FIP1L1-PDGFRA molecular analysis in the differential diagnosis of eosinophilia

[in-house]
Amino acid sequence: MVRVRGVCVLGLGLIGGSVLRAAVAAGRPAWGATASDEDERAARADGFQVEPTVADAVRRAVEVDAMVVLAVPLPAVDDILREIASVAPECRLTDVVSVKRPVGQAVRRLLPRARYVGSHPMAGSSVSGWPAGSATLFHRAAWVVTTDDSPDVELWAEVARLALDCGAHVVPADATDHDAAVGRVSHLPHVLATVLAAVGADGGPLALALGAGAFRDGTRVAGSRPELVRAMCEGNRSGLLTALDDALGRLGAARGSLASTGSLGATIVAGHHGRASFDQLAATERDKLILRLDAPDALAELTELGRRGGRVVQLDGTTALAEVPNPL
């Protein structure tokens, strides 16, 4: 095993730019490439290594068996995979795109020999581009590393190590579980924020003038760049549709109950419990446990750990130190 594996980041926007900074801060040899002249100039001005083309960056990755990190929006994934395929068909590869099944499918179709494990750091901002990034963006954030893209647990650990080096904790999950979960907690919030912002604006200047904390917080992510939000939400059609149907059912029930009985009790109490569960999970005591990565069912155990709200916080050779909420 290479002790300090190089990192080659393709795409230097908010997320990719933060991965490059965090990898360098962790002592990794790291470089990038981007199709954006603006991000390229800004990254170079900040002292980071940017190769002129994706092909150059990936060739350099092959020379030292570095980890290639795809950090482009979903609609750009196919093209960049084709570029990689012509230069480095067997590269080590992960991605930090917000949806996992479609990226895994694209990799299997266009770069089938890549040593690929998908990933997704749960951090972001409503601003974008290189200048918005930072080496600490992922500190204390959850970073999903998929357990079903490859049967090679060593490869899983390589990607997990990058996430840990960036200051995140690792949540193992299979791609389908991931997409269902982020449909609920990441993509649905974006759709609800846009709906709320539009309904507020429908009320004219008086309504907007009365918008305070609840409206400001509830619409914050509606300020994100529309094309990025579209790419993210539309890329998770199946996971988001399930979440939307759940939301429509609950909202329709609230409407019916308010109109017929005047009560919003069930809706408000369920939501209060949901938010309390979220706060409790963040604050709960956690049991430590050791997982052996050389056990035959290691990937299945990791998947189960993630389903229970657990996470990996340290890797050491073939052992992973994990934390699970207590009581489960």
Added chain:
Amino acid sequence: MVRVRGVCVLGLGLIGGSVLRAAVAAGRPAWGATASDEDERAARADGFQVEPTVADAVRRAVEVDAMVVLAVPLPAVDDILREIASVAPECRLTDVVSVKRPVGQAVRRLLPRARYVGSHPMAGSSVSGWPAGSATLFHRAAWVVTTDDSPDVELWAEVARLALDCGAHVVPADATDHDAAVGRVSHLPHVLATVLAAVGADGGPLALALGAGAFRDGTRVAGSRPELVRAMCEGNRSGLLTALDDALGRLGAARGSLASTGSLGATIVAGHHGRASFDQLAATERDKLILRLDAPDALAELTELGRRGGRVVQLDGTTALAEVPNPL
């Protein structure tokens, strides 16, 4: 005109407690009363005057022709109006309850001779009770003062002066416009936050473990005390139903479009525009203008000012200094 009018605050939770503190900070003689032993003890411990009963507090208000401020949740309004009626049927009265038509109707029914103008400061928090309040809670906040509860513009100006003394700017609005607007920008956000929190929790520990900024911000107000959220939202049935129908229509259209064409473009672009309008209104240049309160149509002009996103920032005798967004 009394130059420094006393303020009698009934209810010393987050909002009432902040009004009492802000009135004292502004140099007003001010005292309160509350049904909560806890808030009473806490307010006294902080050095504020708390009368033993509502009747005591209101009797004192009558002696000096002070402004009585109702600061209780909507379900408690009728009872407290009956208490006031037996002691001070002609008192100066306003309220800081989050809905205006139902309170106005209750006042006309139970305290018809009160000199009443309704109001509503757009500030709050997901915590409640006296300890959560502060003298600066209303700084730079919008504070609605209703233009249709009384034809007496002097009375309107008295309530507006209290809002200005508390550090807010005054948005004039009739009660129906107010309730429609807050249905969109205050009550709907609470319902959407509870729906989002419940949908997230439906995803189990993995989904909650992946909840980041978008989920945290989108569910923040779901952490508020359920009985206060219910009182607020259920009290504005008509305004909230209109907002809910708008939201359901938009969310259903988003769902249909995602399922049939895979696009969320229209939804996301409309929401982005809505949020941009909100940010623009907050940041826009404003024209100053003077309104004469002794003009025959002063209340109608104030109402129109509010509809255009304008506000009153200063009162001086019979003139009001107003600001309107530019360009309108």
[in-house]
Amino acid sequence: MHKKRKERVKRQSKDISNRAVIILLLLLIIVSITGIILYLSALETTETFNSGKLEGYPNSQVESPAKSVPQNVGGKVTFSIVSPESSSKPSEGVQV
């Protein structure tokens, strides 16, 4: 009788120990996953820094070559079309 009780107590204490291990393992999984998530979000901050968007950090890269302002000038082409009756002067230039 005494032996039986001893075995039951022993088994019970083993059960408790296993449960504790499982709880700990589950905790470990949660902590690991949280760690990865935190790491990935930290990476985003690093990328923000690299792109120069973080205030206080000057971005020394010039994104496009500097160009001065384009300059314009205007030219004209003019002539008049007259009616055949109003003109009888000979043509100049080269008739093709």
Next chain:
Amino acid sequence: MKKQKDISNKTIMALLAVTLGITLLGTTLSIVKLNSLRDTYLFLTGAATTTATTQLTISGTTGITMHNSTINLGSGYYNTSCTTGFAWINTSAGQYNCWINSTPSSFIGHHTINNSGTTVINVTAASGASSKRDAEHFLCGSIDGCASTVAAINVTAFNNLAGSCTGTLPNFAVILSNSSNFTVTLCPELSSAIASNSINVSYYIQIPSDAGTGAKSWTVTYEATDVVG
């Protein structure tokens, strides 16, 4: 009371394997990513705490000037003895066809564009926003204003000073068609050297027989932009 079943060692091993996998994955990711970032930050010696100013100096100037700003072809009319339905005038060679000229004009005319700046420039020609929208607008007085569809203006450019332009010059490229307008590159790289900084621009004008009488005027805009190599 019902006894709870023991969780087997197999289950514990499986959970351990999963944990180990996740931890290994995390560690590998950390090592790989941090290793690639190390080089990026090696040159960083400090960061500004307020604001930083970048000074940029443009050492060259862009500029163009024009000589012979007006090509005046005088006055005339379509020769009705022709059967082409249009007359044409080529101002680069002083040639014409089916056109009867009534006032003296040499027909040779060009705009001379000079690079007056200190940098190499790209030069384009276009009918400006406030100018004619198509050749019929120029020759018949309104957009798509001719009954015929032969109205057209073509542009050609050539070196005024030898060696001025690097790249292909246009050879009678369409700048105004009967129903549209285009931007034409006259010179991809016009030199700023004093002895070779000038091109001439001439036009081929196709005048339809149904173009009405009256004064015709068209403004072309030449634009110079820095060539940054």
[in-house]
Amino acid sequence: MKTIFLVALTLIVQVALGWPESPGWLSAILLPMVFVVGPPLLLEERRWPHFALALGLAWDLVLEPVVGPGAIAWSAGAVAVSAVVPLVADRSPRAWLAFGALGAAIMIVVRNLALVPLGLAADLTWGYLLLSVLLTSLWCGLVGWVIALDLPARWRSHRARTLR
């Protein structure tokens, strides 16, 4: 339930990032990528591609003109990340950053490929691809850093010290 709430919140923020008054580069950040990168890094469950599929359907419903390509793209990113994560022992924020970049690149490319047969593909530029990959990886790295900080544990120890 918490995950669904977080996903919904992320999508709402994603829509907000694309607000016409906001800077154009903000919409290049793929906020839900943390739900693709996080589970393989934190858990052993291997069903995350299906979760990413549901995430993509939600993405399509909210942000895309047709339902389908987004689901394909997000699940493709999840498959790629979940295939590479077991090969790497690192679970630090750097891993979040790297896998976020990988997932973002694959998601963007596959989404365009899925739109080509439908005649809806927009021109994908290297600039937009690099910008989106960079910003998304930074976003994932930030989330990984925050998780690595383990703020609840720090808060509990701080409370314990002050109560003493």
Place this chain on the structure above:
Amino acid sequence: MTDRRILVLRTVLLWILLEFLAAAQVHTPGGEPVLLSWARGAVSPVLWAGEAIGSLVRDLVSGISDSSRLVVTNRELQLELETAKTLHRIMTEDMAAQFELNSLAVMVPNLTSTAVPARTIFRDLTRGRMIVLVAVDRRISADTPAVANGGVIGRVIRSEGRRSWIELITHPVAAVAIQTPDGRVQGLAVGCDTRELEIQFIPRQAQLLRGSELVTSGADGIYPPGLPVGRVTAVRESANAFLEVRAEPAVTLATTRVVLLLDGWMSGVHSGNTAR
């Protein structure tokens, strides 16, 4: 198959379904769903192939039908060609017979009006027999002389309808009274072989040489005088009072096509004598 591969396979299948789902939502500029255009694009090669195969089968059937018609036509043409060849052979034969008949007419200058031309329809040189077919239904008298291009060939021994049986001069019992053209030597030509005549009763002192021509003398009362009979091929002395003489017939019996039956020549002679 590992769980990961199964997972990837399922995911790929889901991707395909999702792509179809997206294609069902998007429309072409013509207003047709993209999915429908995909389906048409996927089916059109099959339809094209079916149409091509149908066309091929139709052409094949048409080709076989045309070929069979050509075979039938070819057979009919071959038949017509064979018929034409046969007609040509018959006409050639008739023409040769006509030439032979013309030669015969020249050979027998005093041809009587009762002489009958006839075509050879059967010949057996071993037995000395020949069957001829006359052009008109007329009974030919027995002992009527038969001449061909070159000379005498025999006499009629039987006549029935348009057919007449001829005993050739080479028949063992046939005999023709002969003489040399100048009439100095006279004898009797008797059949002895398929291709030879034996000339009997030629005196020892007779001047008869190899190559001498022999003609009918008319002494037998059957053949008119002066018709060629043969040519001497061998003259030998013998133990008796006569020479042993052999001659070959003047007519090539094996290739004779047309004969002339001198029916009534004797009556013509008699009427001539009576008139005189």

Background: Primary eosinophlia associated with the FIP1L1-PDGFRA rearrangement represents a subset of chronic eosinophilic leukaemia (CEL) and affected patients are very sensitive to imatinib treatment. This study was undertaken in order to examine the prevalence and the associated clinicopathologic and genetic features of FIP1L1-PDGFRA rearrangement in a cohort of 15 adult patients presenting with profound eosinophilia (> 1.5 × 109/L). Methods: Reverse transcriptase-polymerase chain reaction (RT-PCR) was used for the detection of FIP1L1-PDGFRA rearrangement and the results confirmed by direct sequencing. C-KIT-D816V mutation was analysed retrospectively by PCR and restriction-fragment-length-polymorphism (PCR-RFLP), in all cases with primary eosinophilia. Results: Two male patients with splenomegaly carried the FIP1L1-PDGFRA rearrangement, whilst 2 others were ultimately classified as suffering from idiopathic hypereosinophlic syndrome (HES) and one from systemic mastocytosis. These patients were negative for the C-KIT-D816V mutation and received imatinib (100-400 mg daily). Patients with CEL and HES responded to imatinib and remained in complete haematological, clinical and molecular (for carriers of FIP1L1-PDGFRA rearrangement) remission for a median of 28.2 months (range: 11-54), whilst the patient with systemic mastocytosis did not respond. Interestingly, in both patients with FIP1L1-PDGFRA rearrangement, the breakpoints into PDGFRA were located within exon 12 and fused with exons 8 and 8a of FIP1L1, respectively. Conclusion: An early diagnosis of FIPIL1-PDGFRA-positive CEL and imatinib treatment offer to the affected patients an excellent clinical therapeutic result, avoiding undesirable morbidity. Moreover, although the molecular mechanisms underlying disease pathogenesis remain to be determined, imatinib can be effective in patients with idiopathic HES. © 2009 Loules et al; licensee BioMed Central Ltd.